Jurors watched the video deposition of a program manager for defendant 3M in the third day of a Madison County benzene trial.
The testimony of an economist from Maryville University and that of a physical medicine specialist from Belleville rounded out the day.
Karen Brooks, the program manager in charge of 3M's branch that monitors the company's products for environmental and health compliance, was questioned at length about what testing and warnings her company undertook related to benzene in their adhesives.
Plaintiff Veto Kleinaitis is suing 3M for more than $1 million in damages claiming that his exposure to benzene found in 3M's Top & Trim and other products led to the development of mantle cell lymphoma, a type of non-Hodgkin's lymphoma, in 2005.
3M denies that its products had anything to do with Kleinaitis's cancer.
The Kleinaitis case is one of 17 benzene suits filed between 2004 and 2006 by the SimmonsCooper law firm. The firm has been renamed the Simmons firm.
It is one of the few suits of that bunch that remain ongoing.
Kleinaitis's suit originally named more than 20 defendants.
Those defendants settled out until 3M was left standing for trial.
Plaintiff's counsel William Kohlburn questioned Brooks at length on the video about the wording of the companies warning labels.
Specifically, Kohlburn questioned Brooks about why the words "benzene" and "cancer" did not appear on the warning labels of all of the runs of 3M's products.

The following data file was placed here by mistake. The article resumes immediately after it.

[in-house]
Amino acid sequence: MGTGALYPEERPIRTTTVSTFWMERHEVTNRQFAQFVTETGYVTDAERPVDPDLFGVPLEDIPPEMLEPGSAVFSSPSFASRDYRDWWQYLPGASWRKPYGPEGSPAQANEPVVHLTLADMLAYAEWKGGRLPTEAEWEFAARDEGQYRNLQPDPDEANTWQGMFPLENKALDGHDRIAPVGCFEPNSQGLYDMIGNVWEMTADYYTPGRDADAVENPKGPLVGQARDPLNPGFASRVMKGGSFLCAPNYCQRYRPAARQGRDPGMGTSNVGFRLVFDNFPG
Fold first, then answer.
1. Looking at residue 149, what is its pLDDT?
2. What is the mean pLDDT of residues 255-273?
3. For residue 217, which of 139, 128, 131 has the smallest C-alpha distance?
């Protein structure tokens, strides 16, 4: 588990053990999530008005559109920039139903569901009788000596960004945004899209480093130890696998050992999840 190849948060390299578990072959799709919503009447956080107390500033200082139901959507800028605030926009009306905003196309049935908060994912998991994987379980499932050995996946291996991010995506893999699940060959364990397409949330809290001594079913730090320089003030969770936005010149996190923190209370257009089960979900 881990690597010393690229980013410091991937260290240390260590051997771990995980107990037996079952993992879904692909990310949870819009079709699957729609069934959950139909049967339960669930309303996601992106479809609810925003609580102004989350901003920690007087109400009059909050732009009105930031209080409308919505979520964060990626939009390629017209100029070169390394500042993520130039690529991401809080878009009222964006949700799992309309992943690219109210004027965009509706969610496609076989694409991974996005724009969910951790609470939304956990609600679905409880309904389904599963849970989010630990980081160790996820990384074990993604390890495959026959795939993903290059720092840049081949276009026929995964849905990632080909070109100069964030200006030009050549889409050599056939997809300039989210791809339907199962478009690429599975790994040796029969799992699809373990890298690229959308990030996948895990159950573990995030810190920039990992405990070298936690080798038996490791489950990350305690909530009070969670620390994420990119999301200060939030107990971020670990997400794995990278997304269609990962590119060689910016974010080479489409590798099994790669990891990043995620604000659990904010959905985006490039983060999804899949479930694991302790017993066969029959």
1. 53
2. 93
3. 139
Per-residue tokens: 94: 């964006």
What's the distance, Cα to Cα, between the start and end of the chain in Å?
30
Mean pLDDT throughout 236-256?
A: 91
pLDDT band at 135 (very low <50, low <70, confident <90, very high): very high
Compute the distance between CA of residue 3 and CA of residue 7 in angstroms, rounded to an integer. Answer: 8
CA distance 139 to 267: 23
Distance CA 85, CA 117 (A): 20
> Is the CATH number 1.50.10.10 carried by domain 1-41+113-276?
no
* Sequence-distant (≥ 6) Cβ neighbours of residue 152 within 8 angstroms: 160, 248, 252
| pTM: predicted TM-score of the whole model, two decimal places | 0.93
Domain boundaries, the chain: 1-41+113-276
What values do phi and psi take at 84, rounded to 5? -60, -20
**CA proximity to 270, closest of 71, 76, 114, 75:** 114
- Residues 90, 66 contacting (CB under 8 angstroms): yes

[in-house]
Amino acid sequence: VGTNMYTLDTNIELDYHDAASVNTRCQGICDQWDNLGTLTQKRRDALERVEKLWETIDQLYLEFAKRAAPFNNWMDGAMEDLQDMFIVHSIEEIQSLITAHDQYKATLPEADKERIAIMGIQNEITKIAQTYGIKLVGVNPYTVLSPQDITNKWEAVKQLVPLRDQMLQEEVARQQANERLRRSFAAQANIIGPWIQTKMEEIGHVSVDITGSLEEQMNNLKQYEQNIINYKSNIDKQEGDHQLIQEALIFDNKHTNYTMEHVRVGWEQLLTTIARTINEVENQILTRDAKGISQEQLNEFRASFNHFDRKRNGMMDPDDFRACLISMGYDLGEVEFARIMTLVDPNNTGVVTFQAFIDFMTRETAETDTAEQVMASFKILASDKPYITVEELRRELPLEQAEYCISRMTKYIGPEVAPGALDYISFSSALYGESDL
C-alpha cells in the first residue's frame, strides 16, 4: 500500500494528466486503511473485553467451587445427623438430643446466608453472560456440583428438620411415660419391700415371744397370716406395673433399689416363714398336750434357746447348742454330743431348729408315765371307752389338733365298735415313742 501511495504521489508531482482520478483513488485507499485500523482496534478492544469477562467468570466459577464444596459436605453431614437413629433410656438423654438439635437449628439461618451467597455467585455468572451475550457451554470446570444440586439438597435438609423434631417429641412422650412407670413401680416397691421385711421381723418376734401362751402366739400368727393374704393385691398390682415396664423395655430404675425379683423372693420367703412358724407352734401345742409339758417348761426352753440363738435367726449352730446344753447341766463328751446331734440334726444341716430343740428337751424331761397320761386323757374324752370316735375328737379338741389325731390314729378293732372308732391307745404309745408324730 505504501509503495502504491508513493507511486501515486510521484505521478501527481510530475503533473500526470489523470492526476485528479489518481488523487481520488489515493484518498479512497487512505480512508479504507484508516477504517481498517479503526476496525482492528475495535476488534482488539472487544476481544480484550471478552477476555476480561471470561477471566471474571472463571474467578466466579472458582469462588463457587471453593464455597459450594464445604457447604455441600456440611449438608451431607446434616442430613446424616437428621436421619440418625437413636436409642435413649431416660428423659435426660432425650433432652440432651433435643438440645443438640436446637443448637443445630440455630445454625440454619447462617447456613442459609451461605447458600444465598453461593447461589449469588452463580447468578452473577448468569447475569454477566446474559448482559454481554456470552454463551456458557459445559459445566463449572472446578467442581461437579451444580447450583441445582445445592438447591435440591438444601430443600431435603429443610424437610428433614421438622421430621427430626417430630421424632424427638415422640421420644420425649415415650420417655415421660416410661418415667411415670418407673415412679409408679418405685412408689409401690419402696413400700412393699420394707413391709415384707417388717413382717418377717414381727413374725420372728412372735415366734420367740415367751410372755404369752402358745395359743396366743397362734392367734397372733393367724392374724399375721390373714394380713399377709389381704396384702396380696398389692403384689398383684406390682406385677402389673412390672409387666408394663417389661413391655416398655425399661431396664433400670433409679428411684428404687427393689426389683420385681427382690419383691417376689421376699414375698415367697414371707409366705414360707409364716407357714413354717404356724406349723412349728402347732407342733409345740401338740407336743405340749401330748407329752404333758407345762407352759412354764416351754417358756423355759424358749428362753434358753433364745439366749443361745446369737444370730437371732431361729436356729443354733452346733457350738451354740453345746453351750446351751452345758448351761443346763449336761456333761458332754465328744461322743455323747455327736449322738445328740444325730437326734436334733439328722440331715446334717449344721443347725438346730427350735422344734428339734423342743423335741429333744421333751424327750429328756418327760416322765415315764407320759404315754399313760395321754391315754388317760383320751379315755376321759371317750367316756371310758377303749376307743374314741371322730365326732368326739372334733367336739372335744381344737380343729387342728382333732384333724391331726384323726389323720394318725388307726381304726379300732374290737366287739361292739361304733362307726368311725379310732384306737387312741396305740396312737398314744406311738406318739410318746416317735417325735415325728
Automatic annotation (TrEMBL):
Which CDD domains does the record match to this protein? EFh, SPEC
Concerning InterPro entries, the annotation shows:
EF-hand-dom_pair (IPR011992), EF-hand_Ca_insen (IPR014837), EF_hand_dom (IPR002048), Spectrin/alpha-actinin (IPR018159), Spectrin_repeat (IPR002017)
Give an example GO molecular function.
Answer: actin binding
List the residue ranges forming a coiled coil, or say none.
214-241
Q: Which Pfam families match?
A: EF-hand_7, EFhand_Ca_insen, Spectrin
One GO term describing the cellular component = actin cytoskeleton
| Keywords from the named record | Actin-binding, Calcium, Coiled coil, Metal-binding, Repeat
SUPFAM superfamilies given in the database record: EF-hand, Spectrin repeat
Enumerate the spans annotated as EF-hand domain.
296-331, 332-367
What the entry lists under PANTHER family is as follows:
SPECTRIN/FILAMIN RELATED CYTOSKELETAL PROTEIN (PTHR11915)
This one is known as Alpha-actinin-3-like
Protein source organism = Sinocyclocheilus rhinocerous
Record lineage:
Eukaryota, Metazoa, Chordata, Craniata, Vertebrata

"There was not a reason to put benzene on the label," Brooks said. "Cancer does not appear on these labels because there was not a reason to put 'cancer' on the label."
Mentions of benzene and cancer did appear on some 3M warning labels and/or on material safety data sheets Brooks reviewed in the deposition.
Brooks testified that although some of 3M's products contained traces of benzene, it would only put that word or a warning about cancer on its product labels if the level came close to or exceeded the companies .01 percent mark.
She testified that benzene was present in raw materials 3M received but added that its raw material concentrations were diluted when it was mixed to form the final product.
Brooks acknowledged that 3M usually did composite testing on the Top & Trim and other products Kleinaitis claims to have been exposed to, rather than product specific evaluations.
Economist Karen Taback testified about Kleinaitis's more than $1 million in lost wages following lunch.
The figure includes more than $890,000 the plaintiff would lose in future earnings if he is unable to work again.
Taback said she did not have an opinion as to whether Kleinaitis could work.
Following Taback, Belleville physical medicine doctor, Dr. Anwar Khan, testified via video deposition about Kleinaitis's physical condition and the effects of possible nerve issues he claims to have developed since his lymphoma treatment.
The suit's trial opened Tuesday with a day-long jury selection that spilled over into Wednesday morning.
A panel was sworn in about 10:30 a.m. Wednesday and jurors heard opening statements that afternoon.
Thursday saw the opening of the plaintiff's case including the testimony of Boston pathologist Dr. Lawrence Zukerberg.
Zukerberg testified that benzene exposures caused Kleinaitis's cancer.
However, under cross examination by defense counsel Amanda Cialkowski, Zukerberg admitted that he could not say whether 3M's products had a hand in causing the plaintiff's disease.
The trial will not resume until Tuesday because Madison County Chief Judge Ann Callis, the trial's presiding judge, will be in Chicago.
Kleinaitis is represented by William Kohlburn, Ted Gianaris and others of the Simmons firm of East Alton.
3M is represented by Amanda Cialkowski of Nilan Johnson Lewis of Minneapolis, Minn. and others.
The case is Madison case number 05-L-1050.